ElectroSpit is a company led by music producer and engineer Bosco Kante, and marketing maven Maya Kante. In 2019 they launched a revolutionary new talk box, the ElectroSpit ESX1. A talk box is a musical instrument that allows musicians to modify the sound of a musical instrument to act as vocal cord replacement for speech or singing. Traditionally, talk boxes have been expensive, difficult to move and perform with, and require a user to play an analog instrument. The ESX1 is portable, easy to wear, and can work with a keyboard, electric guitar, or just a phone and app. Broadly, they aim to change the way people approach music making.
What community do you work in? What issues does your work address?
We're working to democratize playing musical instruments. Our company is based in Oakland, CA, where we started at Zoo Labs, and we come out of primarily a community of color. We are looking to work with a younger demographic who don't see themselves as creative. We believe that our work is really important because the workforce around us is becoming more focused on the creative class, and we can inspire people to recognize themselves as creative and help them be a part of the emerging creative class. We see that particularly as people from junior high to their mid-20's. ElectroSpit was really birthed out of an idea to inspire creativity, innovation, and wanting people to see themselves as the solvers of their own problems. Bosco saw an issue with a traditional instrument, and set out to work with technology to solve that issue.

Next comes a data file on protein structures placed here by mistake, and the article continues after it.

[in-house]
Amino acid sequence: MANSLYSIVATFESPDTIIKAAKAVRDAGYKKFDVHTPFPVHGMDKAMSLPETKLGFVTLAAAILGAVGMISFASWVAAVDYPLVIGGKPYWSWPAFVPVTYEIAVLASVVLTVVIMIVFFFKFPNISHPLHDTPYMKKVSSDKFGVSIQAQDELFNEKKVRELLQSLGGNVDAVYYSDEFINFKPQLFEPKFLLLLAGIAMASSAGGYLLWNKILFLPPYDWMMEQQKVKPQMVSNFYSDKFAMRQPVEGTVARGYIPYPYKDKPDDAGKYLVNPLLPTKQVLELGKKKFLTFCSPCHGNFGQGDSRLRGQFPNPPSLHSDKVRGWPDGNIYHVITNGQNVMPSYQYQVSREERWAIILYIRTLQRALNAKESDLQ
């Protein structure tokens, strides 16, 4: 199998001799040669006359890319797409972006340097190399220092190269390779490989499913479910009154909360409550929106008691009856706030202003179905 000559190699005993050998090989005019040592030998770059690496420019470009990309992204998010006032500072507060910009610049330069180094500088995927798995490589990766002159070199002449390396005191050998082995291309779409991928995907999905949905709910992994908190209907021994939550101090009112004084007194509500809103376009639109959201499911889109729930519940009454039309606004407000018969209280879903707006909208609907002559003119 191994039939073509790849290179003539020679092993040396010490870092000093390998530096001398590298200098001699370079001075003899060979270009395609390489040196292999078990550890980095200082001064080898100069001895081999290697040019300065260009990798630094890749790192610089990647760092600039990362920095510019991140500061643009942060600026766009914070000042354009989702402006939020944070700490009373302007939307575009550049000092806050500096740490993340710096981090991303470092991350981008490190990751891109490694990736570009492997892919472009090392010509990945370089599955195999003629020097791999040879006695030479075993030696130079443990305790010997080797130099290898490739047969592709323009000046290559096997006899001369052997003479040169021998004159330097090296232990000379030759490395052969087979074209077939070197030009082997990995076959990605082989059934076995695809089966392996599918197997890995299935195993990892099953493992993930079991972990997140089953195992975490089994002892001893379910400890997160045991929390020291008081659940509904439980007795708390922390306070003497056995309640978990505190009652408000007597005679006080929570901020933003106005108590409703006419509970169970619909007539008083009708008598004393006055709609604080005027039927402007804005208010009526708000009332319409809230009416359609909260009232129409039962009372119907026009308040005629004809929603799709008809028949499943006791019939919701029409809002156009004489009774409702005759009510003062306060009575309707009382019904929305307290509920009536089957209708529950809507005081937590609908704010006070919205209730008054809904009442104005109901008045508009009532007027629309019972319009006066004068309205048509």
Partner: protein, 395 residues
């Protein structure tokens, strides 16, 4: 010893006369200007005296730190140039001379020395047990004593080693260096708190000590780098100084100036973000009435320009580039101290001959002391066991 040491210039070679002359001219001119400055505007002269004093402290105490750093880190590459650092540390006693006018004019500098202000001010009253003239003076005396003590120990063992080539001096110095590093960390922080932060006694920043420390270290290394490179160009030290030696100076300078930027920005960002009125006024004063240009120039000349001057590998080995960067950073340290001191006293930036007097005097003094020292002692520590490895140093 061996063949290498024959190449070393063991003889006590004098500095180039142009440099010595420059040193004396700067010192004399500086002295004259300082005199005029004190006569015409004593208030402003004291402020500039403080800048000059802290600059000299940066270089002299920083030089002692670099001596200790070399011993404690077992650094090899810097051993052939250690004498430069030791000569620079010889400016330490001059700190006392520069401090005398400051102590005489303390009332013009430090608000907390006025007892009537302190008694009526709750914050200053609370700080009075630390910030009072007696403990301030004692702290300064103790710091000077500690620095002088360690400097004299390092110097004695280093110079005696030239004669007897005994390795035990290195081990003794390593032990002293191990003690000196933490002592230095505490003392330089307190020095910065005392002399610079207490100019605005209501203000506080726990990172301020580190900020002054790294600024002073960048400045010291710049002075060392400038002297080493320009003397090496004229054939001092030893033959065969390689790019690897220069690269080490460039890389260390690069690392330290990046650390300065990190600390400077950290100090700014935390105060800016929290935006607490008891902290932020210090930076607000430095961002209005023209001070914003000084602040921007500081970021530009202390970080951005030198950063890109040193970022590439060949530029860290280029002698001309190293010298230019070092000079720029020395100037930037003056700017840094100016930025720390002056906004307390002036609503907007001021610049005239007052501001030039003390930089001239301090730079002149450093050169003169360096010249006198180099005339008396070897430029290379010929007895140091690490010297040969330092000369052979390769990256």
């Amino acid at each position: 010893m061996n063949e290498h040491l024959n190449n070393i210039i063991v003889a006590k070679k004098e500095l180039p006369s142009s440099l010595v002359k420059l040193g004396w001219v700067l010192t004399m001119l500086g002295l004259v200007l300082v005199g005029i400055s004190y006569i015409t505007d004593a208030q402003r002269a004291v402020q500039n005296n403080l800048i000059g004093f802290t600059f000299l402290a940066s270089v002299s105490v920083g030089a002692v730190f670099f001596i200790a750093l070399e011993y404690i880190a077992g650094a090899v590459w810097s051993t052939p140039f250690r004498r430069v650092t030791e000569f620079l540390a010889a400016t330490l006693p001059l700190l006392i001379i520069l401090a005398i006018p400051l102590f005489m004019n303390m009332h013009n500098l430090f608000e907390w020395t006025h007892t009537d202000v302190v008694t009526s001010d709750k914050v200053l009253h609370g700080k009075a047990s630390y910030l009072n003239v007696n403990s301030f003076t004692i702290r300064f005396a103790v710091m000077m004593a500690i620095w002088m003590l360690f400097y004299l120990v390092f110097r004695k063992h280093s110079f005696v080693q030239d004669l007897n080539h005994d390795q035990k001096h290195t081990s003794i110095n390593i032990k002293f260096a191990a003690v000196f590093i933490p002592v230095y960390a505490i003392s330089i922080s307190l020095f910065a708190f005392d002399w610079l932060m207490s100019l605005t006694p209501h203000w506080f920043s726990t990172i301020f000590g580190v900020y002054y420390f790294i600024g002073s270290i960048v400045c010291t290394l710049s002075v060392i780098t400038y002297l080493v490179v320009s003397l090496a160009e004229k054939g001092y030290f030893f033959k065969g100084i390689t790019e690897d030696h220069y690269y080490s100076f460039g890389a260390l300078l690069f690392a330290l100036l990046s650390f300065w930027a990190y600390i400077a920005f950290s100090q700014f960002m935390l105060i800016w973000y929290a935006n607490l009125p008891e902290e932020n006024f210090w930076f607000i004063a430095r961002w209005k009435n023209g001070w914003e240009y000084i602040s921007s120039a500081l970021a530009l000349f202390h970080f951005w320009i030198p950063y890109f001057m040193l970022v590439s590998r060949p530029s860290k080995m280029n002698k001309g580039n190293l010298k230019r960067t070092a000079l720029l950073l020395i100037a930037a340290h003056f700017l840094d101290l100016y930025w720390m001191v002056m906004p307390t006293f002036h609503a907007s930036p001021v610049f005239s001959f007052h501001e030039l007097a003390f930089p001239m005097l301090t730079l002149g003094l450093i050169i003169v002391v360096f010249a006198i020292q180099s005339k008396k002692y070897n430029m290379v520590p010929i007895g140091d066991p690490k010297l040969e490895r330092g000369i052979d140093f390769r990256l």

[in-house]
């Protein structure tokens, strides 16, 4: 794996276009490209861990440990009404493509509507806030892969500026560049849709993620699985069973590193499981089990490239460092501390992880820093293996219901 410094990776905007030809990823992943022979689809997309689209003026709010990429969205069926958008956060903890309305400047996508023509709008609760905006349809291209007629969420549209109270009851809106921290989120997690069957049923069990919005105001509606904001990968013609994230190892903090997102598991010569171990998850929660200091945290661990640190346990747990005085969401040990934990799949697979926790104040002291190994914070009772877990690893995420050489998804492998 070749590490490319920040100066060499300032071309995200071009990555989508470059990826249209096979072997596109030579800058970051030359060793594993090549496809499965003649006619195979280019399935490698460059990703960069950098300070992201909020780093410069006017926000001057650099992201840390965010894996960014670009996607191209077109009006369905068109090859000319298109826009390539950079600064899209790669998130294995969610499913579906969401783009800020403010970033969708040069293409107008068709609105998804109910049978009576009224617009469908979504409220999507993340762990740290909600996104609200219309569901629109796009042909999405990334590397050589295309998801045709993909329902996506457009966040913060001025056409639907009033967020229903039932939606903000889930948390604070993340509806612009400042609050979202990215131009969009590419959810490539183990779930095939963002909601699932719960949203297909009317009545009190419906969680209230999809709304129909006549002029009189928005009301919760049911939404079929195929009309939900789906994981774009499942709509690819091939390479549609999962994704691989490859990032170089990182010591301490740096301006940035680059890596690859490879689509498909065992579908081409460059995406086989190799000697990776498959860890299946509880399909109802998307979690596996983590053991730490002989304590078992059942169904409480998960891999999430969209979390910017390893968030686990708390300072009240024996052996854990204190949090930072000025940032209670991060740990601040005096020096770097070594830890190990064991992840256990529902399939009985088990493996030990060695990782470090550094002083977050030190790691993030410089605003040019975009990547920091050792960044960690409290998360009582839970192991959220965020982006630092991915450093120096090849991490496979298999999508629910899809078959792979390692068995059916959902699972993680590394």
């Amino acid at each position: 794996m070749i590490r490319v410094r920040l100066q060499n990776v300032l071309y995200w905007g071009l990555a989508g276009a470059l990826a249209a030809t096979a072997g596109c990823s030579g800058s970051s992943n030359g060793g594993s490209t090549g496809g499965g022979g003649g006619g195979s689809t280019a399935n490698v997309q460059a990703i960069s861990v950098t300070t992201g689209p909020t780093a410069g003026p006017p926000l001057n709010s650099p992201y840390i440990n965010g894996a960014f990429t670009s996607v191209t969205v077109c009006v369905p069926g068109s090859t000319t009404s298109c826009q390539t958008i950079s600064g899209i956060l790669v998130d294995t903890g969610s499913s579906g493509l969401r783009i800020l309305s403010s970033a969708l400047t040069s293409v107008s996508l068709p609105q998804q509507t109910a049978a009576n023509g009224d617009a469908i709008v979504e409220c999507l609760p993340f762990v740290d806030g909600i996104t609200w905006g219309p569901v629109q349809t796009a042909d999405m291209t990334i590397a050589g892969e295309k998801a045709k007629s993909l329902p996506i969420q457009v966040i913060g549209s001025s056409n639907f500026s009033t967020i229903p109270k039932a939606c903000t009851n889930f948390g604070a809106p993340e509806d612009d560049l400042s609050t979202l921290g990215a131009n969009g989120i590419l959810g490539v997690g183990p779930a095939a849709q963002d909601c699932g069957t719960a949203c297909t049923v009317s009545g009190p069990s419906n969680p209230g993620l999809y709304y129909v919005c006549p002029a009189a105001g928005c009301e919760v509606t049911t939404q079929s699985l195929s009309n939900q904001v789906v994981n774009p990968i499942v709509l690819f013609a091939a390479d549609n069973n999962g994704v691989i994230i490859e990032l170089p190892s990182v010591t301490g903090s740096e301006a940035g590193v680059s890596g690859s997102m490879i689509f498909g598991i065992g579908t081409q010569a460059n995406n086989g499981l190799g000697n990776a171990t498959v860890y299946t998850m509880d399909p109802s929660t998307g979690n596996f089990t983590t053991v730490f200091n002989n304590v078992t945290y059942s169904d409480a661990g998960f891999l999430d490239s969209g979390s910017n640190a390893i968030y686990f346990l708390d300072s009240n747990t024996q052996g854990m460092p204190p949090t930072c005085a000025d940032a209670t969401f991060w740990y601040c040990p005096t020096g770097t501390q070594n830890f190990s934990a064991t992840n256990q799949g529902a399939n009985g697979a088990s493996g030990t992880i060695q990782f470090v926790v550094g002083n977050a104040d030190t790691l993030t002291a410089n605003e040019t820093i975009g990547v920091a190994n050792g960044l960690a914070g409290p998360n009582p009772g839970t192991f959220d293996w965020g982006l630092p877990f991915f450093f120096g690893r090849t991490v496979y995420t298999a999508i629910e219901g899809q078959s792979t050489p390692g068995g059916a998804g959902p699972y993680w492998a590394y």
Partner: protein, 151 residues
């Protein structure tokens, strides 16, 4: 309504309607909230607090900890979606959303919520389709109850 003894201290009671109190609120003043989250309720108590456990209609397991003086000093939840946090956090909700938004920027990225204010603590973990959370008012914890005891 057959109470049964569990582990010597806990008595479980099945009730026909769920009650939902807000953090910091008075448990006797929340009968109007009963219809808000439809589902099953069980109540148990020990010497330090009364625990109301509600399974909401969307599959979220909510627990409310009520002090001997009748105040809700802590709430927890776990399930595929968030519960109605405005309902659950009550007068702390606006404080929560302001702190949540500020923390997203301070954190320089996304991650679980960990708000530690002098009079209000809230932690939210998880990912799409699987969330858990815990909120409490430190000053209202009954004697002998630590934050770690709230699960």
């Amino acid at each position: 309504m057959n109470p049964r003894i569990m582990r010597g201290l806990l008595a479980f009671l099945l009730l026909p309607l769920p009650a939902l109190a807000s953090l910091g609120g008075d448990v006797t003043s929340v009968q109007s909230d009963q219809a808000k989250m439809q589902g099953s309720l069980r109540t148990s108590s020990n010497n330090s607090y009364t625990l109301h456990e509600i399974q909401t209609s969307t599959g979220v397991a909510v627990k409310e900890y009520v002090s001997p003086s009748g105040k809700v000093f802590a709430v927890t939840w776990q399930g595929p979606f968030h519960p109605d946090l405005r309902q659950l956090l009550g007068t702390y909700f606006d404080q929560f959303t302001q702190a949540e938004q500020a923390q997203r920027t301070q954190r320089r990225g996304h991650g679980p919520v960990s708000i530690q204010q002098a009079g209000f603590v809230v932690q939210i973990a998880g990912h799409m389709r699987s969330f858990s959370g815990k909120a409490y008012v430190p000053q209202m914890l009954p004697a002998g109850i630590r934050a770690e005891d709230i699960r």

What are the most valuable assets that you experience in this community of young people of color?
There's definitely an entrepreneurial spirit that we think is present in communities of color. That spirit has had to be there because of the way people of color are often barred from corporate jobs or traditional routes of obtaining employment. People have always had what we call a side hustle. But there's definitely a resource in that type of mentality - of having a knack for building your own business out of what's around you and the needs that you see in your community.
So far, what impact has your work with ElectroSpit had?
People see what we've built so far, and they watch the journey we've been on, creating this instrument out of thin air, essentially. Some have reached out to us to find out how they can do similar things with ideas that they have. Their ideas may or may not even be about music, but they see an example of somebody who looks like them who's doing it, who is making something happen.
We’ve also had an outpouring of support from not only people who are just starting in music, but seasoned veterans who are really excited about the product, what we're doing, and how it will make it easier for them to access the sound. We are bridging a gap between people who are first time musicians and virtuosos. Traditionally, people without means have been barred from playing musical instruments, either because of the time that it takes for lessons or the price of equipment. But we're giving them access to the creativity without being limited by the instrument itself.
What impact do you think your work will have had 10 or 20 years from now?
We're imagining people being able to pull out their phones and immediately being able to create professional sounding music. Something that sounds really cool, that they can be proud of, that they can use to express themselves. People will be able to have impromptu creative jam sessions. We will have broken down those barriers of years of lessons and practice, and putting the creativity straight in the hands of the creator, not tying them to an instrument. Just imagine people being able to create a song in a spare moment, wherever they are. On public transportation, or walking home from school. We imagine lots of little impromptu bands that can pop up at any given moment because people have the tools in their back pocket.